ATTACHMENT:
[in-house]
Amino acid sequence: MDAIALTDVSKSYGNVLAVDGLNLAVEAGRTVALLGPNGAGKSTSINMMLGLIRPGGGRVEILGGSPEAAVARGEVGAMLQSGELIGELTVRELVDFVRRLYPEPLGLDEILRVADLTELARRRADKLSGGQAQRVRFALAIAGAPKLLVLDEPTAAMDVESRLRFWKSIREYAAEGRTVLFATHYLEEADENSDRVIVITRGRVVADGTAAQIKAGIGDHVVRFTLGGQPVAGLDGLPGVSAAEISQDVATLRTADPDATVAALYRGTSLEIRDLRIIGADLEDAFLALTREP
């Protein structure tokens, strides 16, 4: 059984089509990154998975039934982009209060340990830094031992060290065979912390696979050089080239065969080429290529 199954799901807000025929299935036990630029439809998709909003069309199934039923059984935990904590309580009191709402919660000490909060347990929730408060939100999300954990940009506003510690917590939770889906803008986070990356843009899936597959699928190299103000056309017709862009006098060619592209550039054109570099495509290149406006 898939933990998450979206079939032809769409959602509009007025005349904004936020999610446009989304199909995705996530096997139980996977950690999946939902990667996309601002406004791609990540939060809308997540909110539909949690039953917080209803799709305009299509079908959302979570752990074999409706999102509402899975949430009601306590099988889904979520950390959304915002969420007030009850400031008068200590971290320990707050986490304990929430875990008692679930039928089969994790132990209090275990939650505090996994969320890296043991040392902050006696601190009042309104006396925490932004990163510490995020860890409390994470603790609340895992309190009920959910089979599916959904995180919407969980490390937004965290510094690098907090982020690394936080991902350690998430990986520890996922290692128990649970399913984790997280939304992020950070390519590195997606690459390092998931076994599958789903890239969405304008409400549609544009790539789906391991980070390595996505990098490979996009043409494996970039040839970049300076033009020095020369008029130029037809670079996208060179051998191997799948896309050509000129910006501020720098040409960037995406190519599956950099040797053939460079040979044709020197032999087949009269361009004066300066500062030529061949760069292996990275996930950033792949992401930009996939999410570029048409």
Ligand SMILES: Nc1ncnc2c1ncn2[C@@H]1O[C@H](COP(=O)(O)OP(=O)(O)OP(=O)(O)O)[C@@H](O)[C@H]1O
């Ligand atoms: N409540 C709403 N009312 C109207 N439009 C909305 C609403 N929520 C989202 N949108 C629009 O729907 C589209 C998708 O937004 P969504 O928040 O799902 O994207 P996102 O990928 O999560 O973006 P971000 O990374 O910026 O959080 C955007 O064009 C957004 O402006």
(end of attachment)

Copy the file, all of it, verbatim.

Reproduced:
[in-house]
Amino acid sequence: MDAIALTDVSKSYGNVLAVDGLNLAVEAGRTVALLGPNGAGKSTSINMMLGLIRPGGGRVEILGGSPEAAVARGEVGAMLQSGELIGELTVRELVDFVRRLYPEPLGLDEILRVADLTELARRRADKLSGGQAQRVRFALAIAGAPKLLVLDEPTAAMDVESRLRFWKSIREYAAEGRTVLFATHYLEEADENSDRVIVITRGRVVADGTAAQIKAGIGDHVVRFTLGGQPVAGLDGLPGVSAAEISQDVATLRTADPDATVAALYRGTSLEIRDLRIIGADLEDAFLALTREP
């Protein structure tokens, strides 16, 4: 059984089509990154998975039934982009209060340990830094031992060290065979912390696979050089080239065969080429290529 199954799901807000025929299935036990630029439809998709909003069309199934039923059984935990904590309580009191709402919660000490909060347990929730408060939100999300954990940009506003510690917590939770889906803008986070990356843009899936597959699928190299103000056309017709862009006098060619592209550039054109570099495509290149406006 898939933990998450979206079939032809769409959602509009007025005349904004936020999610446009989304199909995705996530096997139980996977950690999946939902990667996309601002406004791609990540939060809308997540909110539909949690039953917080209803799709305009299509079908959302979570752990074999409706999102509402899975949430009601306590099988889904979520950390959304915002969420007030009850400031008068200590971290320990707050986490304990929430875990008692679930039928089969994790132990209090275990939650505090996994969320890296043991040392902050006696601190009042309104006396925490932004990163510490995020860890409390994470603790609340895992309190009920959910089979599916959904995180919407969980490390937004965290510094690098907090982020690394936080991902350690998430990986520890996922290692128990649970399913984790997280939304992020950070390519590195997606690459390092998931076994599958789903890239969405304008409400549609544009790539789906391991980070390595996505990098490979996009043409494996970039040839970049300076033009020095020369008029130029037809670079996208060179051998191997799948896309050509000129910006501020720098040409960037995406190519599956950099040797053939460079040979044709020197032999087949009269361009004066300066500062030529061949760069292996990275996930950033792949992401930009996939999410570029048409």
Ligand SMILES: Nc1ncnc2c1ncn2[C@@H]1O[C@H](COP(=O)(O)OP(=O)(O)OP(=O)(O)O)[C@@H](O)[C@H]1O
């Ligand atoms: N409540 C709403 N009312 C109207 N439009 C909305 C609403 N929520 C989202 N949108 C629009 O729907 C589209 C998708 O937004 P969504 O928040 O799902 O994207 P996102 O990928 O999560 O973006 P971000 O990374 O910026 O959080 C955007 O064009 C957004 O402006």